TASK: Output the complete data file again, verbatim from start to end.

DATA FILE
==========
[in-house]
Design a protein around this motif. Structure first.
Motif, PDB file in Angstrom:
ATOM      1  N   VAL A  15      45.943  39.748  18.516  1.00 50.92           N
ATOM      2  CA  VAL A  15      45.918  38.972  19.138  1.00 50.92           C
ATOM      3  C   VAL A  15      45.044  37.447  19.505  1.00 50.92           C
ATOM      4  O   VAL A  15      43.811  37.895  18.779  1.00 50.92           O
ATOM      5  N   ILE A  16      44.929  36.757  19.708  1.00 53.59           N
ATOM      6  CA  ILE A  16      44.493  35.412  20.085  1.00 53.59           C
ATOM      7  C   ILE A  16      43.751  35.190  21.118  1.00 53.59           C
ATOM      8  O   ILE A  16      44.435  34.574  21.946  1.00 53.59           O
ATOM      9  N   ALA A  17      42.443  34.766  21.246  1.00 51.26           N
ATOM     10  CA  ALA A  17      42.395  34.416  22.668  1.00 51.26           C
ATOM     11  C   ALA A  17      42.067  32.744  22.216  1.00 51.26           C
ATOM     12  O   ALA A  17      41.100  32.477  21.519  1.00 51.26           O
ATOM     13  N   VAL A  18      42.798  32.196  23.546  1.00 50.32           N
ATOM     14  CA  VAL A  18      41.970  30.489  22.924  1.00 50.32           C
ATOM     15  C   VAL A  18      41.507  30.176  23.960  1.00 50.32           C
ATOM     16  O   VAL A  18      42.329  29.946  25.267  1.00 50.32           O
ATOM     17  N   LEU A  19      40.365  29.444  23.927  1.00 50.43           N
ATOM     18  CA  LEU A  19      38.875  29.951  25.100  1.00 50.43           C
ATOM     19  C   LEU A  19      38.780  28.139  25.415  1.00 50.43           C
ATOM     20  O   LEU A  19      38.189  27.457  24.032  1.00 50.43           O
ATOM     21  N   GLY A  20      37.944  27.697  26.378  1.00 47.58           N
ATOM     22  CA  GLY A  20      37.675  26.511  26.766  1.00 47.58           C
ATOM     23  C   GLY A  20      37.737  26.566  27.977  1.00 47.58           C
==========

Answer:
[in-house]
Design a protein around this motif. Structure first.
Motif, PDB file in Angstrom:
ATOM      1  N   VAL A  15      45.943  39.748  18.516  1.00 50.92           N
ATOM      2  CA  VAL A  15      45.918  38.972  19.138  1.00 50.92           C
ATOM      3  C   VAL A  15      45.044  37.447  19.505  1.00 50.92           C
ATOM      4  O   VAL A  15      43.811  37.895  18.779  1.00 50.92           O
ATOM      5  N   ILE A  16      44.929  36.757  19.708  1.00 53.59           N
ATOM      6  CA  ILE A  16      44.493  35.412  20.085  1.00 53.59           C
ATOM      7  C   ILE A  16      43.751  35.190  21.118  1.00 53.59           C
ATOM      8  O   ILE A  16      44.435  34.574  21.946  1.00 53.59           O
ATOM      9  N   ALA A  17      42.443  34.766  21.246  1.00 51.26           N
ATOM     10  CA  ALA A  17      42.395  34.416  22.668  1.00 51.26           C
ATOM     11  C   ALA A  17      42.067  32.744  22.216  1.00 51.26           C
ATOM     12  O   ALA A  17      41.100  32.477  21.519  1.00 51.26           O
ATOM     13  N   VAL A  18      42.798  32.196  23.546  1.00 50.32           N
ATOM     14  CA  VAL A  18      41.970  30.489  22.924  1.00 50.32           C
ATOM     15  C   VAL A  18      41.507  30.176  23.960  1.00 50.32           C
ATOM     16  O   VAL A  18      42.329  29.946  25.267  1.00 50.32           O
ATOM     17  N   LEU A  19      40.365  29.444  23.927  1.00 50.43           N
ATOM     18  CA  LEU A  19      38.875  29.951  25.100  1.00 50.43           C
ATOM     19  C   LEU A  19      38.780  28.139  25.415  1.00 50.43           C
ATOM     20  O   LEU A  19      38.189  27.457  24.032  1.00 50.43           O
ATOM     21  N   GLY A  20      37.944  27.697  26.378  1.00 47.58           N
ATOM     22  CA  GLY A  20      37.675  26.511  26.766  1.00 47.58           C
ATOM     23  C   GLY A  20      37.737  26.566  27.977  1.00 47.58           C